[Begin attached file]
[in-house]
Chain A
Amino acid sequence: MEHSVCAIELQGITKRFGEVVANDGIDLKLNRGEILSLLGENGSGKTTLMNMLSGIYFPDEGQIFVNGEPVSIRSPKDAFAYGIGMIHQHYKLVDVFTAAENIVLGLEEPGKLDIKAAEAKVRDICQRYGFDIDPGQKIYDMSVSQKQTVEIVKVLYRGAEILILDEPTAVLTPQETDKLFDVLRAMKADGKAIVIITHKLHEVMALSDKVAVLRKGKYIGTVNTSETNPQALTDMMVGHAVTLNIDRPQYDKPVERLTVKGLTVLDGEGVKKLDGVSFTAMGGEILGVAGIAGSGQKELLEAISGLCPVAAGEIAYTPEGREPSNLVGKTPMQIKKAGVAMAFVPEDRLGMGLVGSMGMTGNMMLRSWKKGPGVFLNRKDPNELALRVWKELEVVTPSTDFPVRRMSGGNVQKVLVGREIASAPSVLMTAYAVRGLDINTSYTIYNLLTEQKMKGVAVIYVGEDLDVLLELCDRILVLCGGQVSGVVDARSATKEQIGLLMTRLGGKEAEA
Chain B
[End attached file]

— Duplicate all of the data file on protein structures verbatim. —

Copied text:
[in-house]
Chain A
Amino acid sequence: MEHSVCAIELQGITKRFGEVVANDGIDLKLNRGEILSLLGENGSGKTTLMNMLSGIYFPDEGQIFVNGEPVSIRSPKDAFAYGIGMIHQHYKLVDVFTAAENIVLGLEEPGKLDIKAAEAKVRDICQRYGFDIDPGQKIYDMSVSQKQTVEIVKVLYRGAEILILDEPTAVLTPQETDKLFDVLRAMKADGKAIVIITHKLHEVMALSDKVAVLRKGKYIGTVNTSETNPQALTDMMVGHAVTLNIDRPQYDKPVERLTVKGLTVLDGEGVKKLDGVSFTAMGGEILGVAGIAGSGQKELLEAISGLCPVAAGEIAYTPEGREPSNLVGKTPMQIKKAGVAMAFVPEDRLGMGLVGSMGMTGNMMLRSWKKGPGVFLNRKDPNELALRVWKELEVVTPSTDFPVRRMSGGNVQKVLVGREIASAPSVLMTAYAVRGLDINTSYTIYNLLTEQKMKGVAVIYVGEDLDVLLELCDRILVLCGGQVSGVVDARSATKEQIGLLMTRLGGKEAEA
Chain B